Detroit Back in the Day
Almost as though the past is prologue...the Motor City was once as technologically vibrant as Silicon Valley is today. Realize that before there were well-established companies, protocols and procedures, there were a whole bunch of people who had what must have seemed like wild ideas back in the early part of the 20th century, some of which were seized and transformed people into princes...or paupers.
The place that was central to all of this horse(less) trading, as it were, was the Hotel Pontchartrain in Detroit, which saw the kings of industry sitting at its bar (whiskey, 15 cents a glass, beer, 10) and those who would-be kings demonstrating their ideas to those assembled there.
Know that this is not the Pontchartrain that you may be familiar with across the street from Cobo Center. This was up on Woodward, in Campus Martius. The Pontch was so instrumental to the development of the auto industry—you could see the Dodge brothers, Louis Chevrolet, Alfred P. Sloan, and even Henry Ford (though not imbibing)—that its nickname became the “Mother of Motors.”
The hotel opened in 1907. By 1917 it lost its luster. By 1920 it was demolished.
But what the Pontch meant to the auto industry is discussed on this edition of “Autoline After Hours,” where I am joined by a trio of automotive historians extraordinaire, A.J. Baime, author of The Arsenal of Democracy; Matt Anderson, Transportation Curator at The Henry Ford Museum; and Dan Austin, founder of Histroicdetroit.org and author of Forgotten Landmarks of Detroit and Lost Detroit.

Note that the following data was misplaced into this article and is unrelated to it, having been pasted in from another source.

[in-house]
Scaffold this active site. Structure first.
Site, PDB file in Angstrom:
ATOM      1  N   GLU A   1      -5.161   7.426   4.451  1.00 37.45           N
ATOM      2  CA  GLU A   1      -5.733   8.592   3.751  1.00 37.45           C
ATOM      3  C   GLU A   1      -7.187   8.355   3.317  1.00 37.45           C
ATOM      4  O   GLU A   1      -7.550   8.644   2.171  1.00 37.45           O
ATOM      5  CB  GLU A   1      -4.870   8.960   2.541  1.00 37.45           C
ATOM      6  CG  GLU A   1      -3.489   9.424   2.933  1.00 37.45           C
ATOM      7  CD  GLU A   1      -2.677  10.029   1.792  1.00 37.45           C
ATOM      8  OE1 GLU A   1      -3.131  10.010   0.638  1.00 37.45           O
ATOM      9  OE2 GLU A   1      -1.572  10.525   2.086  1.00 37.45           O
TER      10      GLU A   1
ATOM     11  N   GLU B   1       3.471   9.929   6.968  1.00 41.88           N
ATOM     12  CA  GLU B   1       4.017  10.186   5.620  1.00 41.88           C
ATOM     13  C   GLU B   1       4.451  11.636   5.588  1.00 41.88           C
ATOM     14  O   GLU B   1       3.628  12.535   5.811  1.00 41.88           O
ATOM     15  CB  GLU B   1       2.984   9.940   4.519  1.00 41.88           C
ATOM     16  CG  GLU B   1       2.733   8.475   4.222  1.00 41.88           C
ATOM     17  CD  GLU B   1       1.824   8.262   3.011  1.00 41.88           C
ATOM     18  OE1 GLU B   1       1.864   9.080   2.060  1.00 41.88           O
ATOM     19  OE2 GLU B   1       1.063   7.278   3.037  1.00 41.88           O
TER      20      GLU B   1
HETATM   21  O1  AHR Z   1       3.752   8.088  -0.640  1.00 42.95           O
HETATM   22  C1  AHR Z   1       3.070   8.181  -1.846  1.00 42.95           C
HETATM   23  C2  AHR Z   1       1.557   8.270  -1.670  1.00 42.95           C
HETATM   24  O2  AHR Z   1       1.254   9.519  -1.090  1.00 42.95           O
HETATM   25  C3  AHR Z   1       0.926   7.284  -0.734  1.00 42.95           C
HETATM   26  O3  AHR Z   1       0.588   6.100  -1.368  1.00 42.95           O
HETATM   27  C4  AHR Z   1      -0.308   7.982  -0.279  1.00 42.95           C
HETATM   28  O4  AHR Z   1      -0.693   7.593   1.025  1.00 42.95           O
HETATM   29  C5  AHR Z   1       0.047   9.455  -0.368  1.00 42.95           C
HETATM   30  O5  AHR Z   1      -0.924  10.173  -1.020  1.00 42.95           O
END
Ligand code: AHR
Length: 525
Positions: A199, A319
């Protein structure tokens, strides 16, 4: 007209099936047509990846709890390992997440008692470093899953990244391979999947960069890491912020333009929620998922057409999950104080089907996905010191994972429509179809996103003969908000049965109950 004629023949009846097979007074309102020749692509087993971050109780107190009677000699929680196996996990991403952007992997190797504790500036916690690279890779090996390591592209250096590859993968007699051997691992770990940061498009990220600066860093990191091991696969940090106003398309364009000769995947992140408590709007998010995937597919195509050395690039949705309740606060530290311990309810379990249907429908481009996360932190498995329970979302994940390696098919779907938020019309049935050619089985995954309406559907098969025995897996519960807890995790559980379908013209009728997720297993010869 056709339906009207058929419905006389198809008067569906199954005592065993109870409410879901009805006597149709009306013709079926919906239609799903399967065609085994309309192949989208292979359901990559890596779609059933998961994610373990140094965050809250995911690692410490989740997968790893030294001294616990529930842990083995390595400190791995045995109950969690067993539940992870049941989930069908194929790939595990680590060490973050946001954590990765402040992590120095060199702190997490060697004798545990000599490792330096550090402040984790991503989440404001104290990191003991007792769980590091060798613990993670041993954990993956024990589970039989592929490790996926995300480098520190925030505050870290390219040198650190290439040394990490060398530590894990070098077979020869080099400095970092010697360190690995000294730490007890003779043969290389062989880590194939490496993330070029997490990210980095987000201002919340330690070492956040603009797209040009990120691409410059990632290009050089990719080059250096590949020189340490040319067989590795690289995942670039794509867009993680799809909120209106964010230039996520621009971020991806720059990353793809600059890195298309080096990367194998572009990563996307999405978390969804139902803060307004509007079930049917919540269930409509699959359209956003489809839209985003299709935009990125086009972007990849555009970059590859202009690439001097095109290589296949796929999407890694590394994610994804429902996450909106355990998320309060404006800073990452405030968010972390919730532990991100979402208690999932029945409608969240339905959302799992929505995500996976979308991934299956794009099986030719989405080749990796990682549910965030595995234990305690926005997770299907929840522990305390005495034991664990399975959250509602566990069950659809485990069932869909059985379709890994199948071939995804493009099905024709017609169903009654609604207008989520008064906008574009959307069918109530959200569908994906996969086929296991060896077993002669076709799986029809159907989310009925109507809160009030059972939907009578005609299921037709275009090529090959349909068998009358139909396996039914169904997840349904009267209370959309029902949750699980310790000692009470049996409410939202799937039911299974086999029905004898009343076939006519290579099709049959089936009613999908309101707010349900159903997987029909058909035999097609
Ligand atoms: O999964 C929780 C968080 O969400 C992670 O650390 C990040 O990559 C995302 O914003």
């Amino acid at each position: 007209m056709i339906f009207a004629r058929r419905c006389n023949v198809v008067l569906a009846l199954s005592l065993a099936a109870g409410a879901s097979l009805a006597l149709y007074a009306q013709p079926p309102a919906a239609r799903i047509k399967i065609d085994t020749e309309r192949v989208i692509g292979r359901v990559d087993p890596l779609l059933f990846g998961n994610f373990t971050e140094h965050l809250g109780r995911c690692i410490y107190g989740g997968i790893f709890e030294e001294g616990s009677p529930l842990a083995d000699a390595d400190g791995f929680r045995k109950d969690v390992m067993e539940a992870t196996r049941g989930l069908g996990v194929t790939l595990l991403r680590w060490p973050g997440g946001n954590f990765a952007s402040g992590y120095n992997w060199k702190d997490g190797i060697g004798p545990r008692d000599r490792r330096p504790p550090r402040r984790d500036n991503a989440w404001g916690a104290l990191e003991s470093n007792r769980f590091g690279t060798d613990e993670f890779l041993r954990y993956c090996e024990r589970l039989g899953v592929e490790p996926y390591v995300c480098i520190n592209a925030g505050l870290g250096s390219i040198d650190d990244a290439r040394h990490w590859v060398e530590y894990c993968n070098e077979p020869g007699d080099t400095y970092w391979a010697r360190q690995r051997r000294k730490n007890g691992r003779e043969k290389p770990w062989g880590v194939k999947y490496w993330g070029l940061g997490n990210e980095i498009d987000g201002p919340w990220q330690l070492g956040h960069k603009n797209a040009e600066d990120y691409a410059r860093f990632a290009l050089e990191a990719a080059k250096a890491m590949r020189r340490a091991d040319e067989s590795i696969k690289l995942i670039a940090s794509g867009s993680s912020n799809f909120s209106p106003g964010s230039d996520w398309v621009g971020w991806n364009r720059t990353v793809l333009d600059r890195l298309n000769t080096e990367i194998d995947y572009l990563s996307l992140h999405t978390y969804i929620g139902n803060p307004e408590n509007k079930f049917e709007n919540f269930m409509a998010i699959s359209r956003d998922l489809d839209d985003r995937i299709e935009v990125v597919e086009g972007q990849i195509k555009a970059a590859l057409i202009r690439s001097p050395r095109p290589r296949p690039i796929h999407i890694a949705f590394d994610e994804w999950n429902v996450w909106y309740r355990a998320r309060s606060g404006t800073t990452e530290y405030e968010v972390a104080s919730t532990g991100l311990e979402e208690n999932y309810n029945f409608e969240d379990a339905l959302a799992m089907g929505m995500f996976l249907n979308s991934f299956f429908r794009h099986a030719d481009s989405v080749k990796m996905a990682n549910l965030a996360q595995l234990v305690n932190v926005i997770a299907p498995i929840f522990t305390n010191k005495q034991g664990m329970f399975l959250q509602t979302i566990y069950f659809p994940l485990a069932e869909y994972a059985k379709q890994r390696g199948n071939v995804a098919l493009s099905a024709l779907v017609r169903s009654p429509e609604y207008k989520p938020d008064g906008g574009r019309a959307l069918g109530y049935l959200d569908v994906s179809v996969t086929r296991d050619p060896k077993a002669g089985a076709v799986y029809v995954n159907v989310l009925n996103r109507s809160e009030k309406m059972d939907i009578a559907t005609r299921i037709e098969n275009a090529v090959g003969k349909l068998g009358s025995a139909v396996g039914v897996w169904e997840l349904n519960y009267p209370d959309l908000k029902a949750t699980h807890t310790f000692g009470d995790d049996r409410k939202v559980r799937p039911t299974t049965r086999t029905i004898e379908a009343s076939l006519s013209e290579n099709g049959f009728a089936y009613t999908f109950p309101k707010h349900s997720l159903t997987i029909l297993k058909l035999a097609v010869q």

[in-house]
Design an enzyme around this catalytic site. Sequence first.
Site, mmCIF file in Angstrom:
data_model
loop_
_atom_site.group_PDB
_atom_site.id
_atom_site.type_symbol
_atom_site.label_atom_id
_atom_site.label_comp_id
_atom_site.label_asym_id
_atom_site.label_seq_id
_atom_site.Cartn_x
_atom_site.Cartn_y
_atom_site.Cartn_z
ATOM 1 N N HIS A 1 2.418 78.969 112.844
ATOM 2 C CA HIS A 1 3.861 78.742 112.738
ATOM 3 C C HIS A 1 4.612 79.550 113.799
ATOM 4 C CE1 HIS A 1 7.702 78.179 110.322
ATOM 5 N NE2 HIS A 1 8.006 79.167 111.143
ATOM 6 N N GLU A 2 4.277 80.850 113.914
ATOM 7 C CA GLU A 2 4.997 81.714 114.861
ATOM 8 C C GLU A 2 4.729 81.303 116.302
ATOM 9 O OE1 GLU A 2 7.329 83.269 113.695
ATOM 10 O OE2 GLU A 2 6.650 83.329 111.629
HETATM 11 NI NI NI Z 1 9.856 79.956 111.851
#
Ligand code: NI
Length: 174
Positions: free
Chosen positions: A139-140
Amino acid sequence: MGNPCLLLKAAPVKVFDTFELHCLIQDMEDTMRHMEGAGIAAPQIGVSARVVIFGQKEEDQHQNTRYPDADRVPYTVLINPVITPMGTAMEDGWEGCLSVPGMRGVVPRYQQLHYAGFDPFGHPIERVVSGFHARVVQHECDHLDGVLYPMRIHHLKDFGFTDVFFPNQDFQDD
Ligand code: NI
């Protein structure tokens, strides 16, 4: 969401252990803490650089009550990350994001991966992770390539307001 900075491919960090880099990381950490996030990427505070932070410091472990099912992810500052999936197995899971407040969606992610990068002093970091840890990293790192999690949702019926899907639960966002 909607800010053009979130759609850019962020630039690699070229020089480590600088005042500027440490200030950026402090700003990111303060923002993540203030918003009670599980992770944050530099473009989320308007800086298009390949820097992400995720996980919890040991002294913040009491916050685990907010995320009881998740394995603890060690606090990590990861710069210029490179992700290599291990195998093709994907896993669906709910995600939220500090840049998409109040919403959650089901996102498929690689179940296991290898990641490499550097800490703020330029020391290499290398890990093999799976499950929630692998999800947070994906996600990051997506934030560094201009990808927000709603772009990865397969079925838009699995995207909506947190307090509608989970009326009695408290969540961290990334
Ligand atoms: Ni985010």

Trust me: you will find this discussion both educational and amusing.
In addition to which, I interview Michael Sprague, chief operating officer and executive vice president of Kia Motors America, about how Kia is doing in the U.S. market (well, thank you) and Dan Sherman, product planning manager for the all-new Kia Sportage.
And you can see it all here:
The little car that could still can. And this time as a car that not only gets great fuel economy, but which has ride and handling that makes it more than an econo-box (and its styling is anything but boxy).
Chinese electric-car startup Nio Inc. is forming a manufacturing joint venture with Beijing E-Town International Investment and Development Co., which is investing 10 billion yuan ($1.5 billion) in the business.
I'm not talking about a plastic Revell model of a '57 Chevy, but a real vehicle, one that rolls off an assembly line in 1999 with another 99,999 just like it right behind. Is it possible, or is this just a fantasy of the marketing department at Elmer's?